I often design PDFs for emailing tickets, invoices, certificates, reports. Heck, I even had the whole business idea of building CertificateOwl that is centered around generating and sending PDFs!

Todays mission: “When an invoice is created, generate a PDF and email it to the client”. Example:


How would you do that?

Usually I would:

  • generate PDF from HTML with gem wicked_pdf
  • store the PDF with ActiveStorage
  • send the PDF with ActionMailer

But there’s a problem:

1. 💀 Gem WickedPDF is dead. #

Since 2015 I have always relied on the gem wicked_pdf for generating PDFs out of my HTML templates. With wicked_pdf, we could design an app/views/invoices/show.pdf.erb HTML document, and format.pdf would render more-less what we designed. Designing PDFs felt like WYSIWYG (what you see is what you get).

However in 2023 the underlying technology behind this gem, wkhtmltopdf, has been archived. This means that gem "wicked_pdf" is no longer recommended for any new projects. In fact, we should consider replacing it in existing projects!

2. So, what are the alternatives? #

  1. Gem DocRaptor - ruby API wrapper around the advanced Prince HTML-to-PDF technology.
  2. Gem Prawn - DSL to script PDF documents with plain Ruby.
  3. Gem Ferrum - virtual “headless” browser opens a page in “Print”/”Save to PDF” view.

While Prawn and Ferrum offer fundamentally different approaches to generating PDF, I think DocRaptor might be the the best “plug-and-play” replacement for wicked_pdf, because it uses the same technological principle (HTML-to-PDF).

I think that CSS Paged Media is the killer feature of DocRaptor/Prince technology: it allows us to have maximum CSS control of what is rendered on a single PDF page.

By the way, I first casually heard about DocRaptor on IndieRails Podcast: Matt Gordon - Going from Consulting to Products. Let’s give it a try!

3. DocRaptor.com basic usage #

Useful resources:

Add the gem:

# Gemfile
gem "docraptor"

Create a job that would generate a PDF for an Invoice record.

DocRaptor::DocApi.new.create_doc makes an API request to DocRaptor.

The API request will try to turn the app/views/invoices/show.html.erb template into PDF.

The API response will be saved locally as a PDF in your apps’ root folder.

# rails g job Invoices::ToPdf

# app/jobs/invoices/to_pdf_job.rb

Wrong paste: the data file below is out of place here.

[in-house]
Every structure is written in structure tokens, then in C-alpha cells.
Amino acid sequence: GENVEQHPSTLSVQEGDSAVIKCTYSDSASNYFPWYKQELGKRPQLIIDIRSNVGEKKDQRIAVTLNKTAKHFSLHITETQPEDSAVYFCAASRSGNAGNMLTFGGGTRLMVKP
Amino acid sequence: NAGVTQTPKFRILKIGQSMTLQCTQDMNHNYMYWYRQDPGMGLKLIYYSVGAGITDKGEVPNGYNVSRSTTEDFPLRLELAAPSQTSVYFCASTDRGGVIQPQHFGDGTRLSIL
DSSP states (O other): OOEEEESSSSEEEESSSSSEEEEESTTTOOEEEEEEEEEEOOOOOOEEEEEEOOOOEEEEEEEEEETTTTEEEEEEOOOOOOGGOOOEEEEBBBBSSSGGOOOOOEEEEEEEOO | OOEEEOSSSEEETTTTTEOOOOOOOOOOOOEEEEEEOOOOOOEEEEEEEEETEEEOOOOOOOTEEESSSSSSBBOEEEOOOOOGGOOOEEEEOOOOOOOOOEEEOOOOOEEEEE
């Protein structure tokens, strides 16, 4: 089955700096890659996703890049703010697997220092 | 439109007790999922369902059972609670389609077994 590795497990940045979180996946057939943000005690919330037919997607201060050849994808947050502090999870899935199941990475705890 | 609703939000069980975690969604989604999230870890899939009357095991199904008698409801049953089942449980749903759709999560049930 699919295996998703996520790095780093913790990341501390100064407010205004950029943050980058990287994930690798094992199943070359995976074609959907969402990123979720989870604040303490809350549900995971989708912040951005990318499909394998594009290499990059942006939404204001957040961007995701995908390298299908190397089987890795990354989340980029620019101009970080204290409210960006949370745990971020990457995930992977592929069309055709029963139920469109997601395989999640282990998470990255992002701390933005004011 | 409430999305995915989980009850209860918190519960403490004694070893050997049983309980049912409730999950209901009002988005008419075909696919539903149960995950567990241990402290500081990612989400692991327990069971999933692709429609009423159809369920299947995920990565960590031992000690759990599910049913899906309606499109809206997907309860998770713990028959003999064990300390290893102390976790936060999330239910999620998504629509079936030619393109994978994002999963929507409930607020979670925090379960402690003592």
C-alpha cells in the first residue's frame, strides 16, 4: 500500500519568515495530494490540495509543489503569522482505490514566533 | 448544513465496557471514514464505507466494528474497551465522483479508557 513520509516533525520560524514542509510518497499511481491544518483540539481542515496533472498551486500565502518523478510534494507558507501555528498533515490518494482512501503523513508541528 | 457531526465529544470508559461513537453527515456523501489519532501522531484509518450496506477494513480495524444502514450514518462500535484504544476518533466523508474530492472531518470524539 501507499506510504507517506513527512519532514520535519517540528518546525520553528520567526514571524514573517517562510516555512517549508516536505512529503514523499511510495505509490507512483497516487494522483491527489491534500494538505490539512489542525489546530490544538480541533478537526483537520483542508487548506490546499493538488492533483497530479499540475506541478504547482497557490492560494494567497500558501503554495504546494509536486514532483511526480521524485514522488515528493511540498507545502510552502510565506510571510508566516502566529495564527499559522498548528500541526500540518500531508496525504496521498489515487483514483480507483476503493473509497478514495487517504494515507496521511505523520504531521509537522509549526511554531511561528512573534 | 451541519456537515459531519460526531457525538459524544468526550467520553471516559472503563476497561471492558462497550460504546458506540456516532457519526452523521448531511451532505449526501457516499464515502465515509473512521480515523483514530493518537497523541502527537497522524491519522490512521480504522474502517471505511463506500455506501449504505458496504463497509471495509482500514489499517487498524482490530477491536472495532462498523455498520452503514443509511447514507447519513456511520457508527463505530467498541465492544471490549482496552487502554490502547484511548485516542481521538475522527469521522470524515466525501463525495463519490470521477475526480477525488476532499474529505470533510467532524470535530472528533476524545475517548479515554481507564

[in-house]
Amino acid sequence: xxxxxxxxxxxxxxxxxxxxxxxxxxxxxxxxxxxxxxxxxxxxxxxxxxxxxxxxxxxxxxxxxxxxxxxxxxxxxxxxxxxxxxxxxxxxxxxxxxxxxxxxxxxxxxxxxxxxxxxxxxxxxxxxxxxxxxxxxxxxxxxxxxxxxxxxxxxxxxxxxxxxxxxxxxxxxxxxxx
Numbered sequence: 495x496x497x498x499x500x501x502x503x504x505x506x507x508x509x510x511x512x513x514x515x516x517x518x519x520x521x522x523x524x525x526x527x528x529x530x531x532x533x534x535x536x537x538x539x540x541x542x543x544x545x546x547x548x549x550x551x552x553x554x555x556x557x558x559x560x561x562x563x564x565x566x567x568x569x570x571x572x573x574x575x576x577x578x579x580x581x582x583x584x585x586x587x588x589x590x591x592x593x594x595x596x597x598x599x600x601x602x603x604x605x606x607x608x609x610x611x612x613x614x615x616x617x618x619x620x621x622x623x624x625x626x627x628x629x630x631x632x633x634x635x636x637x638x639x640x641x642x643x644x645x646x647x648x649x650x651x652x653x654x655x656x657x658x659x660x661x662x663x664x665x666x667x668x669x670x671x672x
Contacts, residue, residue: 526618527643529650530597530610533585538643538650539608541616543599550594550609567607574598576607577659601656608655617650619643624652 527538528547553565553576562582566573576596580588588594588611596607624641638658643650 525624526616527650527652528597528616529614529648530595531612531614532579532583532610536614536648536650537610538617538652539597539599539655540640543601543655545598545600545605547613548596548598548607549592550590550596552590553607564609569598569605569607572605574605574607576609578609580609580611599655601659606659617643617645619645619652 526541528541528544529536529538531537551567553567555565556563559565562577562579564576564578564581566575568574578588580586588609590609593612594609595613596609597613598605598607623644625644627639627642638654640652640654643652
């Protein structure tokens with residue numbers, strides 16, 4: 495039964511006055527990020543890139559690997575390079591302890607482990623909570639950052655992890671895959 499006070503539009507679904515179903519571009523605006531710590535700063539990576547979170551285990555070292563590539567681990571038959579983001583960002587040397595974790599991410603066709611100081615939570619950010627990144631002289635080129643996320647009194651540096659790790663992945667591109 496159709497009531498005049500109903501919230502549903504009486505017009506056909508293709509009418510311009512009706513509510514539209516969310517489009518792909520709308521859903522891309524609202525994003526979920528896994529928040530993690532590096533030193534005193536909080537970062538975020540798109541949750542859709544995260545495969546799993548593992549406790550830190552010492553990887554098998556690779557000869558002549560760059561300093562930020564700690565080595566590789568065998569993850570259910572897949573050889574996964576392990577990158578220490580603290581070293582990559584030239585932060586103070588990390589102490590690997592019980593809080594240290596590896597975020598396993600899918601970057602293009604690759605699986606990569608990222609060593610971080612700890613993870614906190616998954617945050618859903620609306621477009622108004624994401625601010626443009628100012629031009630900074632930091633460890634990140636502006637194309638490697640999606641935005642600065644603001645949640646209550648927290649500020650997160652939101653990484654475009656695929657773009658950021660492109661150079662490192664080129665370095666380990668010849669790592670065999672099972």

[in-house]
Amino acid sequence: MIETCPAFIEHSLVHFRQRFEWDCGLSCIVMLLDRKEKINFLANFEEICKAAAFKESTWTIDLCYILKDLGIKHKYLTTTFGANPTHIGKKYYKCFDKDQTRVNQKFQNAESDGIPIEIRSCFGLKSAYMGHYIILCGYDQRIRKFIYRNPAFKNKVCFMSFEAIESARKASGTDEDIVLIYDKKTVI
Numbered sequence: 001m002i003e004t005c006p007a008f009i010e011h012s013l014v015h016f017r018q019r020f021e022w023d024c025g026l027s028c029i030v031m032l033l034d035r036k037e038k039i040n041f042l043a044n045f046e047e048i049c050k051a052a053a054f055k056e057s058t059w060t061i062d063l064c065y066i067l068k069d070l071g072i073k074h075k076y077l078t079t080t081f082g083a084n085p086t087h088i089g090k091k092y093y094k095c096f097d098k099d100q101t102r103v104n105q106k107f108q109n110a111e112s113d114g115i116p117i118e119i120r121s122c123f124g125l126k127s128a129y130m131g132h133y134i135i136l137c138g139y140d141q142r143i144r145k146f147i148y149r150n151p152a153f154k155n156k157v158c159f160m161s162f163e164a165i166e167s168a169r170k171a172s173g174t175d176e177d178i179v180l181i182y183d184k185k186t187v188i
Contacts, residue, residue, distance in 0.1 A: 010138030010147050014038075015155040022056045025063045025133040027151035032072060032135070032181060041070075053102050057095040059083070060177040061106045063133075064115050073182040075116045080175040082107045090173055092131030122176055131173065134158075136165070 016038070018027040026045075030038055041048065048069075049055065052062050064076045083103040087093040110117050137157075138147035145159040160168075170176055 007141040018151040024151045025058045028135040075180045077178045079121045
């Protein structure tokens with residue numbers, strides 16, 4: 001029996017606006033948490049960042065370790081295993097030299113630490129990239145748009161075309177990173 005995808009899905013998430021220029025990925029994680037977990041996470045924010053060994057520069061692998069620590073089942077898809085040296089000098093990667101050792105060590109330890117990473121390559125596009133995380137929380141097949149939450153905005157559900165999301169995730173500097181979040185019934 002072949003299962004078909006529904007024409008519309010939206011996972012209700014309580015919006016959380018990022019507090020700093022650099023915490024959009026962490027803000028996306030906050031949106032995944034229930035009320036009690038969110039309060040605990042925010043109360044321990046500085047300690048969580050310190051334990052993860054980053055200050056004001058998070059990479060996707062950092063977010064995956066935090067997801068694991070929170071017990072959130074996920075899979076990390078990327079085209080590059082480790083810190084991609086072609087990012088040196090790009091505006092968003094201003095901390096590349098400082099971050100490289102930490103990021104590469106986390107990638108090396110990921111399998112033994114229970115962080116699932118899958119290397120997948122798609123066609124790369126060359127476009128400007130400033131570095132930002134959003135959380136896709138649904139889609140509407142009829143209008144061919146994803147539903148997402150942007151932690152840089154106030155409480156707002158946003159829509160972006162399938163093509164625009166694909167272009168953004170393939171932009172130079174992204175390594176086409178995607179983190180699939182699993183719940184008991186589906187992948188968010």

DocRaptor.configure do |config|
  config.username = "YOUR_API_KEY_HERE" # THIS key works in test mode!

class Invoices::ToPdfJob < ApplicationJob
  queue_as :default

  def perform(invoice)
    # document_content = ActionController::Base.render( # bad
    document_content = ApplicationController.render(
      template: 'invoices/show',
      # layout: 'layouts/application', # in development fails with "File system access is not allowed"
      layout: 'layouts/pdf',
      assigns: { invoice: }

    response = DocRaptor::DocApi.new.create_doc(
      test: true,
      document_type: "pdf",
      document_content: document_content,

    # Generate a unique filename for each invoice PDF
    filename = "invoice_#{invoice.id}.pdf"

    # Save the PDF locally
    File.write(filename, response, mode: "wb")
    puts "Successfully created #{filename}!"
  rescue StandardError => error
    puts "#{error.class}: #{error.message}"

Now you can run this job whenever an invoice is created:

# app/models/invoice.rb
  after_create_commit do

Inside the root folder of your app you will have a downloaded PDF! It will look more-less like this:


4. FIX ERROR: File system access is not allowed. #

The DocRaptor API does not have access to these assets inside your localhost:3000 app by default:

# app/views/layouts/application.html.erb

<%= stylesheet_link_tag "application", "data-turbo-track": "reload" %>
<%= javascript_importmap_tags %>

The official docs suggest using Ngrok.

My easiest solution: create a separate PDF layout that will not contain internal asset path.

<!-- app/views/layouts/pdf.html.erb -->
<!DOCTYPE html>
    <meta name="viewport" content="width=device-width,initial-scale=1">
    /* your inline CSS goes here */
    <%= yield %>

5. Store PDFs in ActiveStorage #

Normally you will want to store generated PDFs in app/cloud storage (not local file storage). Let’s do it!

Install ActiveStorage:

rails active_storage:install
rails db:migrate

Declare the ActiveStorage association on the Invoice model:

# app/models/invoice.rb
  has_one_attached :pdf_document

Finally, instead of storing a file locally, upload it to ActiveStorage!